The multi-million pound Milton Keynes Museum expansion WILL go ahead despite an unexpected refusal of lottery funding.
Museum bosses were banking on £1.5 million from the Heritage Lottery fund towards the £7.5 million cost of building two new galleries at its Wolverton base.
One gallery will house the treasure trove of Bronze age, Roman and Saxon archaeological finds dug up when the city was being built.
All these items have been stuck in vaults or on display in museums up to 30 miles away for almost half a century.
This week Milton Keynes council pledged to keep its promise to fund more than £5 million of the expansion cost.
Officers have been working with the museum and other heritage partners for two years to plan the purpose-built extension,
Ironically this planning phase was funded with a £0.5 million grant from Lottery Heritage Funding – specifically because it recognised the need for such a facility in MK.
Now, with building work due to start this year, LHF has announced a sudden change of heart.
An LHF spokesman said: “We recognise the potential for this project to bring together the story of the MK area from prehistoric times to the present day but our committee felt the risks were too high to justify committing National lottery players’ money.”
The spokesman said there was a “lack of clarity” about how the project would be managed, and the plans were not considered to be of the standard expected to justify such funding.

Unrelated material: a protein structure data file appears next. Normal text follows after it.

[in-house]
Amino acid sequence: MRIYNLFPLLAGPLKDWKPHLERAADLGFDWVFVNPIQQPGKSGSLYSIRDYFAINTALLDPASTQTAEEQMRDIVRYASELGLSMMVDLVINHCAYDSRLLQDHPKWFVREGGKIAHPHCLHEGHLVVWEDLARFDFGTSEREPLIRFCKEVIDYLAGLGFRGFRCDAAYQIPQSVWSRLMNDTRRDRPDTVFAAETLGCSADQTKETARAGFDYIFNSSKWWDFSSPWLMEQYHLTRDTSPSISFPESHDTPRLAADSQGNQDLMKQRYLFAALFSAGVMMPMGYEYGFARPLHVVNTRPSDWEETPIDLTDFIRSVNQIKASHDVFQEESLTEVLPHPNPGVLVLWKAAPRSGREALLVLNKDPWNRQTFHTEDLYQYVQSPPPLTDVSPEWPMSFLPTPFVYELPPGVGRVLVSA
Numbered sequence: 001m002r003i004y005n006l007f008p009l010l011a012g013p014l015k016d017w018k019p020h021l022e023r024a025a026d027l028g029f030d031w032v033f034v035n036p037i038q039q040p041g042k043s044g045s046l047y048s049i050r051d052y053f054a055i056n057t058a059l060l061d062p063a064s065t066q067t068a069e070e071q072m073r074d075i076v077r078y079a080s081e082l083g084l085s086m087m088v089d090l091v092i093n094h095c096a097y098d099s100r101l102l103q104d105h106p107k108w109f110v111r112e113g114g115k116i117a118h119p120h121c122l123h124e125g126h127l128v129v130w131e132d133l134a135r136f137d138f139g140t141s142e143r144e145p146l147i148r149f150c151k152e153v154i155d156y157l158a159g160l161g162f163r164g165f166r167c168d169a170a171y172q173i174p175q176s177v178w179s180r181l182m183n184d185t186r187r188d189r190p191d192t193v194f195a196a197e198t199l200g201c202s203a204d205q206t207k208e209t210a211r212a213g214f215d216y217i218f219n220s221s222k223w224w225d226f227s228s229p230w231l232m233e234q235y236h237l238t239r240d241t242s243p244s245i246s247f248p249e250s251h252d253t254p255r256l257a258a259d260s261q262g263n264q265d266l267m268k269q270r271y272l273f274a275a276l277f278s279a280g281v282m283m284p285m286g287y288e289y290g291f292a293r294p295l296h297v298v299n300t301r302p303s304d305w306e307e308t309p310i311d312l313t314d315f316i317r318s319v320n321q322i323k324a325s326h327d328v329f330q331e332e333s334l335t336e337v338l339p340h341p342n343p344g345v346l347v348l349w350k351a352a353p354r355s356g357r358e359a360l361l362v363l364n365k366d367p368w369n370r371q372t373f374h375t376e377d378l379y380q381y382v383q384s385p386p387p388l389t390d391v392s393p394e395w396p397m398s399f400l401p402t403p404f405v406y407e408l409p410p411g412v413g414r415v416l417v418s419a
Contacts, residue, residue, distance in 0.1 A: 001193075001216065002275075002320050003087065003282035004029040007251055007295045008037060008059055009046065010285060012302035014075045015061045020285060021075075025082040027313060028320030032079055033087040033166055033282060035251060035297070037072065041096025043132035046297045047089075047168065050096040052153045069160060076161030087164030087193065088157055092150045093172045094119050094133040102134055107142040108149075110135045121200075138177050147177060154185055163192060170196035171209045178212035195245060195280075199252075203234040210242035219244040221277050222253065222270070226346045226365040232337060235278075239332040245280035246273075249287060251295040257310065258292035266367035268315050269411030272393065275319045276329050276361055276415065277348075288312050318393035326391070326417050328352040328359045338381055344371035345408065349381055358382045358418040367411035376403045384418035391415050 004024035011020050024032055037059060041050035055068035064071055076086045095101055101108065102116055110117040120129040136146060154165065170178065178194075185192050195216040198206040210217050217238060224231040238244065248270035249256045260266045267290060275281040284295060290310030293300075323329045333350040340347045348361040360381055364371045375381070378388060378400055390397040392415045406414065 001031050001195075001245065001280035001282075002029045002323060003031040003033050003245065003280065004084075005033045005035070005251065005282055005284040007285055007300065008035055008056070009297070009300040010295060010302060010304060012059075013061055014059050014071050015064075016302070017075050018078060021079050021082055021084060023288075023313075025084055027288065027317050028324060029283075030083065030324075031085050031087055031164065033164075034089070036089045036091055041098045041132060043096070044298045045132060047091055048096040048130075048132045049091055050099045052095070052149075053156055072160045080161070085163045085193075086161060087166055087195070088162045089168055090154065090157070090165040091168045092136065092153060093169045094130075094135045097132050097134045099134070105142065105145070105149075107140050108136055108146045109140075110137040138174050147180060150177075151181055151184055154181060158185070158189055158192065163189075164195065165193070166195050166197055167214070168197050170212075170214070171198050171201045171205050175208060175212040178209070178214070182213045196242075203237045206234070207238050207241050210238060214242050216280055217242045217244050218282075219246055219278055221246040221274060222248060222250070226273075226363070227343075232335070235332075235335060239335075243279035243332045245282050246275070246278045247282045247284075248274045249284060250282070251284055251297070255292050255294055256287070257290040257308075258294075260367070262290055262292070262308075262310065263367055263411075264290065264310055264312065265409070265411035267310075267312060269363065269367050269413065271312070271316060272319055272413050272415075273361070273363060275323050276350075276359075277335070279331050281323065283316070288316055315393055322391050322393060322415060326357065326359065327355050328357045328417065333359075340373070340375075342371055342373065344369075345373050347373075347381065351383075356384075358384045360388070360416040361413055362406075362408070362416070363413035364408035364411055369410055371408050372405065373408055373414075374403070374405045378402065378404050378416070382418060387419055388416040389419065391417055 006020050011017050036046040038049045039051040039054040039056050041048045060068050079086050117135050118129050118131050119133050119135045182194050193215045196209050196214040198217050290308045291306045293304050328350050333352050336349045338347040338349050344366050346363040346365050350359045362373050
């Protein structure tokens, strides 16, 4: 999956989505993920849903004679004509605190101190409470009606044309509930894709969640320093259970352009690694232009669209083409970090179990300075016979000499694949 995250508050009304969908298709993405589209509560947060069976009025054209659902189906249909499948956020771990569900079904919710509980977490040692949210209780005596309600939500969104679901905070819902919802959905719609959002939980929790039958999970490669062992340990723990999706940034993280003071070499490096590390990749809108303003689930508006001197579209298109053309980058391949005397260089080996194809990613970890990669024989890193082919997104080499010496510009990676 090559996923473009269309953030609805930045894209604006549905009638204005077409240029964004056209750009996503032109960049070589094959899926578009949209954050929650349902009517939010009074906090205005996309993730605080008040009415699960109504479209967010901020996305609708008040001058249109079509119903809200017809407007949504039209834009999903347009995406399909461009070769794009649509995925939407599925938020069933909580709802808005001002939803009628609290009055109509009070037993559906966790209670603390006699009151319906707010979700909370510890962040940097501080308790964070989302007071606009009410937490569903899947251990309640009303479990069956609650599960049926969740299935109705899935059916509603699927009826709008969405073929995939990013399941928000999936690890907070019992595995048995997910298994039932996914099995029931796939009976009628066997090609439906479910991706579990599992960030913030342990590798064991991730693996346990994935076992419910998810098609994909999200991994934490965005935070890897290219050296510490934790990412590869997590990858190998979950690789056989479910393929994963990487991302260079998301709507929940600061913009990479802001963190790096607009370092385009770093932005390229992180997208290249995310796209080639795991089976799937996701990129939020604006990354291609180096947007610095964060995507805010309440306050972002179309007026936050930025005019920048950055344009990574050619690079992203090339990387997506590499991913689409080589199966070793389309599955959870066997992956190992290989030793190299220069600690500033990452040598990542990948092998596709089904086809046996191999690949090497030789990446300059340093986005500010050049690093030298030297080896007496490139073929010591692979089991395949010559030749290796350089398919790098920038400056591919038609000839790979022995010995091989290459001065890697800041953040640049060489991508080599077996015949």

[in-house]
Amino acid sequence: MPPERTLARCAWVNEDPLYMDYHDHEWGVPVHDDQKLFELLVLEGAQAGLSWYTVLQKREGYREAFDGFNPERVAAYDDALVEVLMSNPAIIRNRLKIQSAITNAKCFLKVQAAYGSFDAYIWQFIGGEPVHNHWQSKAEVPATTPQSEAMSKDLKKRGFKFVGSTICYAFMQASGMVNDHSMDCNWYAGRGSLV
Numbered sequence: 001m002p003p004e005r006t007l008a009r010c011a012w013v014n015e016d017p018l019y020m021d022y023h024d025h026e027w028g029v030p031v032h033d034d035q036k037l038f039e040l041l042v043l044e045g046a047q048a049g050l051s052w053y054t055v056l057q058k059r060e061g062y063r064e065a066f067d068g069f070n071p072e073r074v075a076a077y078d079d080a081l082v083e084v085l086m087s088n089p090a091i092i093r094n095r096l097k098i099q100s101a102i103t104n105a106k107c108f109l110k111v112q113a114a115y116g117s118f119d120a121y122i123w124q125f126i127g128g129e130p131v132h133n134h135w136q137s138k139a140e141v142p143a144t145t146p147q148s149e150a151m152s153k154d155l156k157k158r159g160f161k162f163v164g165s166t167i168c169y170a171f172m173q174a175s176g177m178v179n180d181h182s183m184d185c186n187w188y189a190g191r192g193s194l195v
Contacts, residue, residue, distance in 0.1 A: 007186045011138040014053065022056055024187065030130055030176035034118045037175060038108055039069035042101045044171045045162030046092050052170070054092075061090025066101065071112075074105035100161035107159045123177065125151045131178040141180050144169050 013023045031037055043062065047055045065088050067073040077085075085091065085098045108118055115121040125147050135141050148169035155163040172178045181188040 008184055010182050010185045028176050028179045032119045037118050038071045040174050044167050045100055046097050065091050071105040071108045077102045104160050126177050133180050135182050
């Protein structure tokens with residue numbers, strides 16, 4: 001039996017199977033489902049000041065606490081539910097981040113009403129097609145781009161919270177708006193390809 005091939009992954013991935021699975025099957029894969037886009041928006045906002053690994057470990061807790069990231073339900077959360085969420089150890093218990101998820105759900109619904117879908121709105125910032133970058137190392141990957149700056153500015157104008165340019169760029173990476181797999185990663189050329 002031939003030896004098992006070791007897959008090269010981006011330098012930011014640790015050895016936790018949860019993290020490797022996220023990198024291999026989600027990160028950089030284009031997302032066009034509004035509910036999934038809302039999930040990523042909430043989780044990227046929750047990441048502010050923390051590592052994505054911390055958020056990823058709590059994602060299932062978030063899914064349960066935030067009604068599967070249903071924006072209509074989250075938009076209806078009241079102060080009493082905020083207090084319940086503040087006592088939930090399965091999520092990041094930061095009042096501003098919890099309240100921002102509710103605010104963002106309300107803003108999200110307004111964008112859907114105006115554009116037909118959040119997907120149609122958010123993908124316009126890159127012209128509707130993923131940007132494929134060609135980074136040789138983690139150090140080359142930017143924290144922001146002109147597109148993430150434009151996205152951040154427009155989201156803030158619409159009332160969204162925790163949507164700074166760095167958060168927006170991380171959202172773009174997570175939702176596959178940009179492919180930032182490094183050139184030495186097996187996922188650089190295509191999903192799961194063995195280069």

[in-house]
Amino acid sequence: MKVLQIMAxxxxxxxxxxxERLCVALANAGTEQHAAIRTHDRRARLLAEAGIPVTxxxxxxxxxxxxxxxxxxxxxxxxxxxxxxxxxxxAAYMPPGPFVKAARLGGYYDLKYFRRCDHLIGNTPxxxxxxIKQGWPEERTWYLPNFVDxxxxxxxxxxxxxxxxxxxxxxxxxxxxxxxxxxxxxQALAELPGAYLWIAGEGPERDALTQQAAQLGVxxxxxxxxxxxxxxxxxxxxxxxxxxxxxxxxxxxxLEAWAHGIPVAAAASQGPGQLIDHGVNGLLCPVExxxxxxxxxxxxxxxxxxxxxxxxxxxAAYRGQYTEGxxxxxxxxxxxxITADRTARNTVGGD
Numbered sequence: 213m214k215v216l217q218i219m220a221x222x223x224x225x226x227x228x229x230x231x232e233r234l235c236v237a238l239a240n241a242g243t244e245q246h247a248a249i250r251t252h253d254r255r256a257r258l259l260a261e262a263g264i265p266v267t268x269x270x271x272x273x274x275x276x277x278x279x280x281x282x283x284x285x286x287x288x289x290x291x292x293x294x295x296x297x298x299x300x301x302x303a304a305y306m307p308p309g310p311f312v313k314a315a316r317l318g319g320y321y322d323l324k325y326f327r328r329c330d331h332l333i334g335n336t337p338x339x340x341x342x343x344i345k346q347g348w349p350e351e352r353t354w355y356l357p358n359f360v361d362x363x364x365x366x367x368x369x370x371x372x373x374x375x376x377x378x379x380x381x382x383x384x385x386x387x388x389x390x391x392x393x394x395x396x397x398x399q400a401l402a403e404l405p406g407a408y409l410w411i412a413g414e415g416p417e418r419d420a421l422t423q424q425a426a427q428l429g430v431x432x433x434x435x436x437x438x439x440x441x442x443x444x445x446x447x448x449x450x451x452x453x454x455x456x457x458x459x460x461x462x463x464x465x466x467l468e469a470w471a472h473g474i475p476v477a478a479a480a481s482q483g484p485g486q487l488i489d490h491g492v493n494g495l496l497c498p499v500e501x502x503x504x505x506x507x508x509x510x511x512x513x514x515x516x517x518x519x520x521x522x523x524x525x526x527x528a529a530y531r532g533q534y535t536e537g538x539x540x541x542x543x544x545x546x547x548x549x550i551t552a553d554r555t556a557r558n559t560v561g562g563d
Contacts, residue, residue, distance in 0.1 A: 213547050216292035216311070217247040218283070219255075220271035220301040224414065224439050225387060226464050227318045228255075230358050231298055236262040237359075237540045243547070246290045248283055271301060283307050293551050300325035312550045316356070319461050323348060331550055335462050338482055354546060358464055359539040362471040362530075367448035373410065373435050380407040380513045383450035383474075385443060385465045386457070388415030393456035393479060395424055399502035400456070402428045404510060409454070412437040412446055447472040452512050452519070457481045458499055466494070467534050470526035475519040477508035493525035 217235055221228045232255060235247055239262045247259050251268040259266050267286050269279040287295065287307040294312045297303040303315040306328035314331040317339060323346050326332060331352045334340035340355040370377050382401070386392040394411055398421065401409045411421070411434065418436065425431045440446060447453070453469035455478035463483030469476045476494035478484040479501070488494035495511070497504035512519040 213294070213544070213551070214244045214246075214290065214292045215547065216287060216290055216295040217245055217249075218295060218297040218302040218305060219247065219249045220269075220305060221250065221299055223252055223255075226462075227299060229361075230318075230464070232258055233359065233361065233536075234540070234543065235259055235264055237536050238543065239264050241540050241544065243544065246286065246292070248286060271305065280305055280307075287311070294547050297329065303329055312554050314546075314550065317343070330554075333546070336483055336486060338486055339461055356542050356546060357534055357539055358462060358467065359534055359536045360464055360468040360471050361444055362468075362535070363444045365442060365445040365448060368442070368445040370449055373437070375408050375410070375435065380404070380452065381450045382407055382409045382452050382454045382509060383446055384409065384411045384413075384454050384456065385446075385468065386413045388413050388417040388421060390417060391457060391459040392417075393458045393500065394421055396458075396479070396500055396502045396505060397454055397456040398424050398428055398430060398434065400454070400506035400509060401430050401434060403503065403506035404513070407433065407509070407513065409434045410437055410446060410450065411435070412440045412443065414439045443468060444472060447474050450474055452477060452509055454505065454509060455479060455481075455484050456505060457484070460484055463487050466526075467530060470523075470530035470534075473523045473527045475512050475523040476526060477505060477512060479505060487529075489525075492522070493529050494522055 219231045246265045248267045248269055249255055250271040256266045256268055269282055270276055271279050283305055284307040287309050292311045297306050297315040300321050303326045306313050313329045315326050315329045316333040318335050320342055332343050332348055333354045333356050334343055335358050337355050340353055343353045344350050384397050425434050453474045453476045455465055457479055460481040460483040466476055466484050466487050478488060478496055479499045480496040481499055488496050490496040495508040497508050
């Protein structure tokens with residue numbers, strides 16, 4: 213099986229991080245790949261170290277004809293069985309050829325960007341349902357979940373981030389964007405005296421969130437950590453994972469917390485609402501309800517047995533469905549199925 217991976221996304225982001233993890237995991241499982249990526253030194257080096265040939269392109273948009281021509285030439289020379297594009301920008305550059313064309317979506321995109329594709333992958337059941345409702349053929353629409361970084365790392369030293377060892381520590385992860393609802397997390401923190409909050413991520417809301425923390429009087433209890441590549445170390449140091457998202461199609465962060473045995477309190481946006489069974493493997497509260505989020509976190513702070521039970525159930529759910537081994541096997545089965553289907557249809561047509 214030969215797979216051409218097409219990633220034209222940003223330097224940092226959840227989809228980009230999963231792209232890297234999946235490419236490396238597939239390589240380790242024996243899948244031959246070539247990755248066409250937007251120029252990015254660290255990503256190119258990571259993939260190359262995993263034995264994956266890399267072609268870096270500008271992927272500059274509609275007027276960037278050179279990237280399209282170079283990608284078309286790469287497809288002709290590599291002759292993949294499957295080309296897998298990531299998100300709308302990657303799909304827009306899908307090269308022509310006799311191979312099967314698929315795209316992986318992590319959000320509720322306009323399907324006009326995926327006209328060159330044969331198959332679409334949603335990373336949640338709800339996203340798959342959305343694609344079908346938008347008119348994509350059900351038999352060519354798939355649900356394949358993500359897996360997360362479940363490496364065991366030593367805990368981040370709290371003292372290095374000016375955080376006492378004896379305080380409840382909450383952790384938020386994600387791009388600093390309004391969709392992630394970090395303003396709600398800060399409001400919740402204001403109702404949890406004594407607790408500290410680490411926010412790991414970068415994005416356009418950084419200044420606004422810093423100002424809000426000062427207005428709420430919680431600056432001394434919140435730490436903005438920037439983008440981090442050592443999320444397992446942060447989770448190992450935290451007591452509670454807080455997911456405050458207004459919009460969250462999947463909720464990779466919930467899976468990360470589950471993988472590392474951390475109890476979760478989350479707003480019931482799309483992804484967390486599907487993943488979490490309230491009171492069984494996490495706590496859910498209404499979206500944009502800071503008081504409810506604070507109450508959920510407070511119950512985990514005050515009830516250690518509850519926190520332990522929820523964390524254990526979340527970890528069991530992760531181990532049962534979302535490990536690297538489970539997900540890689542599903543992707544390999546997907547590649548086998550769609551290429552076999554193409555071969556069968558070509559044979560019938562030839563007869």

But museum director Bill Griffiths is already vowing staunchly that work on the galleries will go ahead as planned, and he will be seeking “clever ways” to plug the funding gap.
He said: “The museum refurbishment/expansion project is still very much needed for Milton Keynes as a growing city and we and our partners remain wholly committed to seeing it through.
“HLF’s decision not to help fund stage 2 is a blow, but we have plenty of ideas for alternative investment over the next 18 months to meet the shortfall without any additional money from the Council.”
While the first gallery will bring thousands of local historical artefacts under the one roof, the second will tell the complete story of the building of Milton Keynes.
Cllr Liz Gifford, Cabinet member for Community Services, which includes the arts, museums and libraries, said: “Of course we have to be very mindful of the council’s tough current financial position and we have to be able to achieve this exciting project with the minimal outlay to taxpayers. But there are opportunities for other funding and there are many local stakeholders out there who also want this project to happen.
“A fully-fledged ‘Milton Keynes centric’ museum has always been in the ‘masterplan’ for the new city – so we owe it to ourselves, as well as past and future generations, to have a museum that will do the rich heritage and history of Milton Keynes justice.”
The partnership is currently reviewing the project and meeting this week to agree a new way forward.